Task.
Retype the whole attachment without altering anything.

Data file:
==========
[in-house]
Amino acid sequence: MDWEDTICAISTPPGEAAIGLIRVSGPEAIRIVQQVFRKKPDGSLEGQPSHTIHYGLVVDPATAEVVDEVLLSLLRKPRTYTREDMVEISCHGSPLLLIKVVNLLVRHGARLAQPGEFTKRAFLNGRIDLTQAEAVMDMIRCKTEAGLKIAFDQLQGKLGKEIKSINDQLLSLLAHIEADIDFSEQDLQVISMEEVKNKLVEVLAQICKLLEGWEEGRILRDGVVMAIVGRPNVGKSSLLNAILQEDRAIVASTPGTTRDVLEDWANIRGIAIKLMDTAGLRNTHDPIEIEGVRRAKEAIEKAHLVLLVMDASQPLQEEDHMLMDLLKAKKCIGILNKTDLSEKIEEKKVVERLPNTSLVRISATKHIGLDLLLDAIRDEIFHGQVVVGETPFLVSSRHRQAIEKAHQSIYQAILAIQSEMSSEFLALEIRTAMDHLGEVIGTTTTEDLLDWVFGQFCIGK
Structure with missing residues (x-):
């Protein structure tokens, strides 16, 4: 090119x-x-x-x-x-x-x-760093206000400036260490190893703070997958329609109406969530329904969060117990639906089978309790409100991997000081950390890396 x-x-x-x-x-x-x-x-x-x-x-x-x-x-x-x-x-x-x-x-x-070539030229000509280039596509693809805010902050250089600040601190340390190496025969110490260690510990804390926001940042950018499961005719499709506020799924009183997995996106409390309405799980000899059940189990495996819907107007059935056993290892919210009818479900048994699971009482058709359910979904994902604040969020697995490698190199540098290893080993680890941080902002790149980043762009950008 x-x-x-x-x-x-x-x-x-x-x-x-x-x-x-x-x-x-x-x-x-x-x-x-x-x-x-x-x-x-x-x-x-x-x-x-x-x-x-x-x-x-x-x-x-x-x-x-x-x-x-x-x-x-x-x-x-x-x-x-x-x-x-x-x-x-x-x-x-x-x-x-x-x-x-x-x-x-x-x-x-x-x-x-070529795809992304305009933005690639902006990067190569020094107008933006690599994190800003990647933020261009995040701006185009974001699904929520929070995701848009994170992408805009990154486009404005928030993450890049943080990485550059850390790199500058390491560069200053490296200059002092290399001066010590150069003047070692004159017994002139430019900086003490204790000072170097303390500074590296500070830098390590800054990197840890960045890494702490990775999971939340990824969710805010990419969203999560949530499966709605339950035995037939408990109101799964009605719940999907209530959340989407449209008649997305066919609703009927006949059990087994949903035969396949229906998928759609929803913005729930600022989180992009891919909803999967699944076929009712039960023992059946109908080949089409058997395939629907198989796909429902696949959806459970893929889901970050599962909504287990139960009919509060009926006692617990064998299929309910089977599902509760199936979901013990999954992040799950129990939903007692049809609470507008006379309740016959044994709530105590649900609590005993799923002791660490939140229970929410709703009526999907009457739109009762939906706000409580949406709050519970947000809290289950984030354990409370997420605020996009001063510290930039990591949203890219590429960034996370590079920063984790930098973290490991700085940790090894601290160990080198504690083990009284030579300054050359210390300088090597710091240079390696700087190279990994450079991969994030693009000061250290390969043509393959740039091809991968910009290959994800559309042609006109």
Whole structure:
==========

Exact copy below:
[in-house]
Amino acid sequence: MDWEDTICAISTPPGEAAIGLIRVSGPEAIRIVQQVFRKKPDGSLEGQPSHTIHYGLVVDPATAEVVDEVLLSLLRKPRTYTREDMVEISCHGSPLLLIKVVNLLVRHGARLAQPGEFTKRAFLNGRIDLTQAEAVMDMIRCKTEAGLKIAFDQLQGKLGKEIKSINDQLLSLLAHIEADIDFSEQDLQVISMEEVKNKLVEVLAQICKLLEGWEEGRILRDGVVMAIVGRPNVGKSSLLNAILQEDRAIVASTPGTTRDVLEDWANIRGIAIKLMDTAGLRNTHDPIEIEGVRRAKEAIEKAHLVLLVMDASQPLQEEDHMLMDLLKAKKCIGILNKTDLSEKIEEKKVVERLPNTSLVRISATKHIGLDLLLDAIRDEIFHGQVVVGETPFLVSSRHRQAIEKAHQSIYQAILAIQSEMSSEFLALEIRTAMDHLGEVIGTTTTEDLLDWVFGQFCIGK
Structure with missing residues (x-):
């Protein structure tokens, strides 16, 4: 090119x-x-x-x-x-x-x-760093206000400036260490190893703070997958329609109406969530329904969060117990639906089978309790409100991997000081950390890396 x-x-x-x-x-x-x-x-x-x-x-x-x-x-x-x-x-x-x-x-x-070539030229000509280039596509693809805010902050250089600040601190340390190496025969110490260690510990804390926001940042950018499961005719499709506020799924009183997995996106409390309405799980000899059940189990495996819907107007059935056993290892919210009818479900048994699971009482058709359910979904994902604040969020697995490698190199540098290893080993680890941080902002790149980043762009950008 x-x-x-x-x-x-x-x-x-x-x-x-x-x-x-x-x-x-x-x-x-x-x-x-x-x-x-x-x-x-x-x-x-x-x-x-x-x-x-x-x-x-x-x-x-x-x-x-x-x-x-x-x-x-x-x-x-x-x-x-x-x-x-x-x-x-x-x-x-x-x-x-x-x-x-x-x-x-x-x-x-x-x-x-070529795809992304305009933005690639902006990067190569020094107008933006690599994190800003990647933020261009995040701006185009974001699904929520929070995701848009994170992408805009990154486009404005928030993450890049943080990485550059850390790199500058390491560069200053490296200059002092290399001066010590150069003047070692004159017994002139430019900086003490204790000072170097303390500074590296500070830098390590800054990197840890960045890494702490990775999971939340990824969710805010990419969203999560949530499966709605339950035995037939408990109101799964009605719940999907209530959340989407449209008649997305066919609703009927006949059990087994949903035969396949229906998928759609929803913005729930600022989180992009891919909803999967699944076929009712039960023992059946109908080949089409058997395939629907198989796909429902696949959806459970893929889901970050599962909504287990139960009919509060009926006692617990064998299929309910089977599902509760199936979901013990999954992040799950129990939903007692049809609470507008006379309740016959044994709530105590649900609590005993799923002791660490939140229970929410709703009526999907009457739109009762939906706000409580949406709050519970947000809290289950984030354990409370997420605020996009001063510290930039990591949203890219590429960034996370590079920063984790930098973290490991700085940790090894601290160990080198504690083990009284030579300054050359210390300088090597710091240079390696700087190279990994450079991969994030693009000061250290390969043509393959740039091809991968910009290959994800559309042609006109």
Whole structure: